OML Search

Modal Verbs Examples

Modals are small words which come before the verb. They carry different meanings in different situations, The modals covered in this lesson are can, could, must, may, might, should, will, would, and ought to.

Can and Could

The modals can and could have different meanings when used in different situations.



I can speak Japanese.

present tense, is able to

When she was young she could swim for hours.

past tense, was able to

Can/Could you carry the bag, please?

polite request

Can/Could I get you a drink?


It could be broken.


We could walk instead of drive.



The modal must has the following meanings.



We must tell the truth.
We must keep our place clean.

obligation or need to do something

He fell asleep in the chair.
He must be tired.


Must I finish my vegetables?
Must you make so much noise?

When a question begins with must, it means “Is it necessary?” The question is usually a form of protest

May and Might

The modal may and might has the following meanings.



May we use the room?
Might I ask you another question?

To ask for permission. (May is more commonly used here than might)

You may leave now.
You may not be allowed to enter the room.

To give or refuse permission in formal English. (May is used here but not might)

She may be late.
He might come tonight.

To indicate possibility. (Might is used when there is a smaller probability of something happening.).

You may want to try that question again.
You might want to get your eyes tested.

To indicate suggestion.


The modal will has the following meanings.



We will not tolerate injustice.

show determination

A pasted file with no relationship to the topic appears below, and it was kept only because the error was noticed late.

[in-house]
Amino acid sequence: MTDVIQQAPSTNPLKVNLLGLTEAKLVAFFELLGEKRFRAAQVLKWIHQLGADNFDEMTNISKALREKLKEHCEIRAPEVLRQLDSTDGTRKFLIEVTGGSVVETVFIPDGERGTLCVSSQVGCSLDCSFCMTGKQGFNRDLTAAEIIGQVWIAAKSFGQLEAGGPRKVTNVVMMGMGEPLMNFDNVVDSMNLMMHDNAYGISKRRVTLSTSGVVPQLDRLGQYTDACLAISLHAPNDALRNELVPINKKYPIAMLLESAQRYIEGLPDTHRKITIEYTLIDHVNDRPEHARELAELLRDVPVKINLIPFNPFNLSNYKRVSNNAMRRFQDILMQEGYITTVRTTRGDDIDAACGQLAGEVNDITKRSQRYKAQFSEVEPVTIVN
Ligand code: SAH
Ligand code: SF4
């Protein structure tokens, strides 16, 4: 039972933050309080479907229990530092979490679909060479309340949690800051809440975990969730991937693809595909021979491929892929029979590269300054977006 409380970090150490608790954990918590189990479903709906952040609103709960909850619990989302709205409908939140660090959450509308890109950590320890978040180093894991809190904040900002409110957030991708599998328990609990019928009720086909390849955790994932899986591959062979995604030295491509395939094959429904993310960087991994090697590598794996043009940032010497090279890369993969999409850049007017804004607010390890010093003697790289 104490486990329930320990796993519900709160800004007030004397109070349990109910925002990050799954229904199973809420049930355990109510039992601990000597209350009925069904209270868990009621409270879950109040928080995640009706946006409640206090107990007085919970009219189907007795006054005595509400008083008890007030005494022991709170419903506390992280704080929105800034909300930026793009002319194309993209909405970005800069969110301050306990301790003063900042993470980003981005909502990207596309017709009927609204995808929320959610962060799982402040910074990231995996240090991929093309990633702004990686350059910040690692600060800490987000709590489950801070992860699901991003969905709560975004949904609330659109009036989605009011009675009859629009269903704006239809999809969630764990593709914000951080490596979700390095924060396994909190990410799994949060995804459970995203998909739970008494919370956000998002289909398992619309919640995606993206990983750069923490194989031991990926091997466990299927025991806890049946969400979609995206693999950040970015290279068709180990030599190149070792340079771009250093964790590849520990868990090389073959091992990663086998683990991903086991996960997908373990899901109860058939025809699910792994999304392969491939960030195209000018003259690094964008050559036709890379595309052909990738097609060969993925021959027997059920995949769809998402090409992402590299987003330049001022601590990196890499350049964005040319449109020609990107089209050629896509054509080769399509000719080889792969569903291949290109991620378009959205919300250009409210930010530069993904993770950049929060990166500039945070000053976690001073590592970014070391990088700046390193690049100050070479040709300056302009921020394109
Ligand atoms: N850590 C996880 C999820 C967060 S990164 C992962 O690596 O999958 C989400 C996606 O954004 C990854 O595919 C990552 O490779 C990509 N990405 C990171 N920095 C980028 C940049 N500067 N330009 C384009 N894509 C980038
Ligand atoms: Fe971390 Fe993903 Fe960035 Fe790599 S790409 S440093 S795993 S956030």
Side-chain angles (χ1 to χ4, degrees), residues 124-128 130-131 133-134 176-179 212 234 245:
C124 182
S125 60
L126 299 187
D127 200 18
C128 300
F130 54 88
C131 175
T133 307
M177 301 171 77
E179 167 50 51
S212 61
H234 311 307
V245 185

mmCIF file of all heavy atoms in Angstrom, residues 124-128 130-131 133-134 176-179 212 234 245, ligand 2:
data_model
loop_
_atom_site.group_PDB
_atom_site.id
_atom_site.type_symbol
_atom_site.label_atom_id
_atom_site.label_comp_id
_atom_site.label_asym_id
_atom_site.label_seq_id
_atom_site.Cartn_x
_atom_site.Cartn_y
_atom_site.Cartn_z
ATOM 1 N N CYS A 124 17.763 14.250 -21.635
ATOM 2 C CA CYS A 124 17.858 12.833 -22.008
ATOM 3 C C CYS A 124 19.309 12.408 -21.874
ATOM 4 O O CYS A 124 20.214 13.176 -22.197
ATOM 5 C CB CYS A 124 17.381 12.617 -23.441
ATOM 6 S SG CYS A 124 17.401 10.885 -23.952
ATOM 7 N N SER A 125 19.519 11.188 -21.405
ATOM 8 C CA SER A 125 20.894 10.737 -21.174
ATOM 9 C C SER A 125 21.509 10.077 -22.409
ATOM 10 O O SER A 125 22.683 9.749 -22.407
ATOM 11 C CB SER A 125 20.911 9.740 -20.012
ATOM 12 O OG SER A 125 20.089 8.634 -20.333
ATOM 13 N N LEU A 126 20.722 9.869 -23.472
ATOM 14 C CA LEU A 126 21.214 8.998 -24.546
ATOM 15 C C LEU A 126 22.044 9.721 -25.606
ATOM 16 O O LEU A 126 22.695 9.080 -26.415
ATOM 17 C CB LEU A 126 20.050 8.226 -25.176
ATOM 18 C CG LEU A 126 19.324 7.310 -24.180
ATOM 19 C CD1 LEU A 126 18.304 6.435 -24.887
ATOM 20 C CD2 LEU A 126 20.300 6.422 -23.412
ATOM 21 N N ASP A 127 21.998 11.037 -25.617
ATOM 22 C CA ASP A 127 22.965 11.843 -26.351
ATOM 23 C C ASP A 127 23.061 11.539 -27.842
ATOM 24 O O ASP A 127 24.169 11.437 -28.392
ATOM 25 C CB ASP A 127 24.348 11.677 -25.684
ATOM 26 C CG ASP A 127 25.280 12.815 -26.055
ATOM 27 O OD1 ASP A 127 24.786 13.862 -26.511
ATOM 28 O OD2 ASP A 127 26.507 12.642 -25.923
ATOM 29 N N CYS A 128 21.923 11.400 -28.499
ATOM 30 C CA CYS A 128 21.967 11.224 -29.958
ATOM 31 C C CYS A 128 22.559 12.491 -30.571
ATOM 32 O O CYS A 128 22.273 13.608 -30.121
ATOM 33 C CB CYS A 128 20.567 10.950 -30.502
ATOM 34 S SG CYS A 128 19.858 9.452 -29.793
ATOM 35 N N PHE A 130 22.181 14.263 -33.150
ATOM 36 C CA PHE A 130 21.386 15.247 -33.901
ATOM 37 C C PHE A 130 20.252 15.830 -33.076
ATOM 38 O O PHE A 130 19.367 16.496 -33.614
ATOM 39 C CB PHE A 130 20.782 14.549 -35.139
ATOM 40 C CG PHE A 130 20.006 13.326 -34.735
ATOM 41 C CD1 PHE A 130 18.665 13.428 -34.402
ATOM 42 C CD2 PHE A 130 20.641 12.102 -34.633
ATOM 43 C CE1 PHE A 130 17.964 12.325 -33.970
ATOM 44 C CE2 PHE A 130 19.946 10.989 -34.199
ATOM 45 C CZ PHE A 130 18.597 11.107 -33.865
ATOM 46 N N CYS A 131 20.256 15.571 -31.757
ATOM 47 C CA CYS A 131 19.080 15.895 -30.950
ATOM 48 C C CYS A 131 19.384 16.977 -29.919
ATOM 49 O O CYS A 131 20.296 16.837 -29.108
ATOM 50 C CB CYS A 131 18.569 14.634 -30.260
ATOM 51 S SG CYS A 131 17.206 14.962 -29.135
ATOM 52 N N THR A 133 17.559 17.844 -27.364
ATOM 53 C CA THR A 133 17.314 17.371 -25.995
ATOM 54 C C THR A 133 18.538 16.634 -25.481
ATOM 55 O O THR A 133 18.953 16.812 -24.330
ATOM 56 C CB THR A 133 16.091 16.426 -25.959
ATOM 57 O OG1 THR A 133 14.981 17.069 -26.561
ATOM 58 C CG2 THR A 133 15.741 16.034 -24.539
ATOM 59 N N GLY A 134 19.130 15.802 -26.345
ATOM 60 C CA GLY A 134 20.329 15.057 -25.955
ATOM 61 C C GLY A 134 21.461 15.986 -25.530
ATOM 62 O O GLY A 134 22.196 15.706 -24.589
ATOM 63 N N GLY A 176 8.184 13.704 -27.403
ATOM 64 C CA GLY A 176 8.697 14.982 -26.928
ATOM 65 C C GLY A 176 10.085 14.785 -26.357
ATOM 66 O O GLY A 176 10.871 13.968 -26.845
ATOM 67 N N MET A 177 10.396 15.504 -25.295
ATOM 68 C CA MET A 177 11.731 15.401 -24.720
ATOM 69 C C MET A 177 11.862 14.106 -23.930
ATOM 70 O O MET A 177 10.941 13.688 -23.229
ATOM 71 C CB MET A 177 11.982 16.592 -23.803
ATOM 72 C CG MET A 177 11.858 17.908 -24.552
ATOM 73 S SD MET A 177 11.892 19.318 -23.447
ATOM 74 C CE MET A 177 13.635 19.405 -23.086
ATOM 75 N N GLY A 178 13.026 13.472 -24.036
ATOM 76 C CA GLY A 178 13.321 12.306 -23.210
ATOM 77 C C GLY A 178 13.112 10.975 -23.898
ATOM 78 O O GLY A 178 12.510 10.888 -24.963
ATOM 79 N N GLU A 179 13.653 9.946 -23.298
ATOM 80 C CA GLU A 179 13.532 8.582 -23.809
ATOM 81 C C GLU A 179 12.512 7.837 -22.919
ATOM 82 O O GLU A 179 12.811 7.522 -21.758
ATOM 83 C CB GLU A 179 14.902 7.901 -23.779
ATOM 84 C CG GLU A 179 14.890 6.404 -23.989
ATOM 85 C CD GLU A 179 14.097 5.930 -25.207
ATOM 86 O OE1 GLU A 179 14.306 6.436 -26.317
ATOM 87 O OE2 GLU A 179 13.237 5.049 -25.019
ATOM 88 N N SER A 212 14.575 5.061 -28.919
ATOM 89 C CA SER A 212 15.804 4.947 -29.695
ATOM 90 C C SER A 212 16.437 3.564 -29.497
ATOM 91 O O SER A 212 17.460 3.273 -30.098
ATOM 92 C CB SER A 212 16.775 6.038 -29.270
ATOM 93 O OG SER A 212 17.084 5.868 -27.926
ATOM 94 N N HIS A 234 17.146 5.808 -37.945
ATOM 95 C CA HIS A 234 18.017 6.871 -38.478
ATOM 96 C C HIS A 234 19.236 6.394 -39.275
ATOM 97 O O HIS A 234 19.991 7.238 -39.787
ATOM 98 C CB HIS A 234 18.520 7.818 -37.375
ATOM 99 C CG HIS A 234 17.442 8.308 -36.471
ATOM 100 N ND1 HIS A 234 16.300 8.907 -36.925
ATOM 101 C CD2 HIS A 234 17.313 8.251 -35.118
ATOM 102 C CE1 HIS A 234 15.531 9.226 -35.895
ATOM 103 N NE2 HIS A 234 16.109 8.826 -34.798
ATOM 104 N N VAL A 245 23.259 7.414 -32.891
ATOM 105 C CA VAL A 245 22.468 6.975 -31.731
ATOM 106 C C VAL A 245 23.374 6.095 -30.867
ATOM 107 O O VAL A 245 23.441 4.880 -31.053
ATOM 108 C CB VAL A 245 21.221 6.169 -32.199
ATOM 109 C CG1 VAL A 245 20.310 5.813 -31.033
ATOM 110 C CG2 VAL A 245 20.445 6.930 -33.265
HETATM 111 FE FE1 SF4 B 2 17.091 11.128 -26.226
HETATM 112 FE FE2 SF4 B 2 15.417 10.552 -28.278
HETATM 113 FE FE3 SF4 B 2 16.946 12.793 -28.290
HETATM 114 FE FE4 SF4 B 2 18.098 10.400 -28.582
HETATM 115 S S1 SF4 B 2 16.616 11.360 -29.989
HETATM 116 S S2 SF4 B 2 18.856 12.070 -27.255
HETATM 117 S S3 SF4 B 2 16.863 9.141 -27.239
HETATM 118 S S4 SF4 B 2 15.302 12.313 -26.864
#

She will be leaving for London next week.

show future action


The modal would has the following meanings.



John said that he would buy the car.

the past form of will in reported speech

If I had won a million dollars, I would travel around the world.

in imaginary conditions

She would always play the piano after everyone else was in bed.

to talk about past habits

Would you like to help me?

polite request

Should and Ought to

Ought to has similar functions and meanings as should.

The modal should and ought to have the following meanings.



We should sell this house.

We ought to sell this car.

to make a suggestion

We should be able to move next week.

It ought to sell fast.

to indicate expectation.

They should have come earlier.

We ought to have spent less.

to indicate regret


This English grammar lesson looks at how to use "can", "could", and "be able to", when talking about ability. This video explains which term is appropriate, depending on if you're talking about the past, present, or future.

Modal Verbs in English
This video lists some modal verbs and briefly explains their use. Can, could, may, might, must, should, will, would.

English modal verbs (Part 1): Can/can't, may/may not/mustn't, must/needn't.
Modal verbs part 2: can/can't (ability), be able to.

Modal verbs part 3: may / mustn't (permission), be allowed to.
Modal verbs part 4: must / needn't (obligation), to have to.

Grammar - Giving Advice - Should, Ought to, Had better
This video teaches you how to give advice, using 'should', 'ought to', and 'had better'. These are used differently and can mean different things.

Try the free Mathway calculator and problem solver below to practice various math topics. Try the given examples, or type in your own problem and check your answer with the step-by-step explanations.
Mathway Calculator Widget

OML Search

We welcome your feedback, comments and questions about this site or page. Please submit your feedback or enquiries via our Feedback page.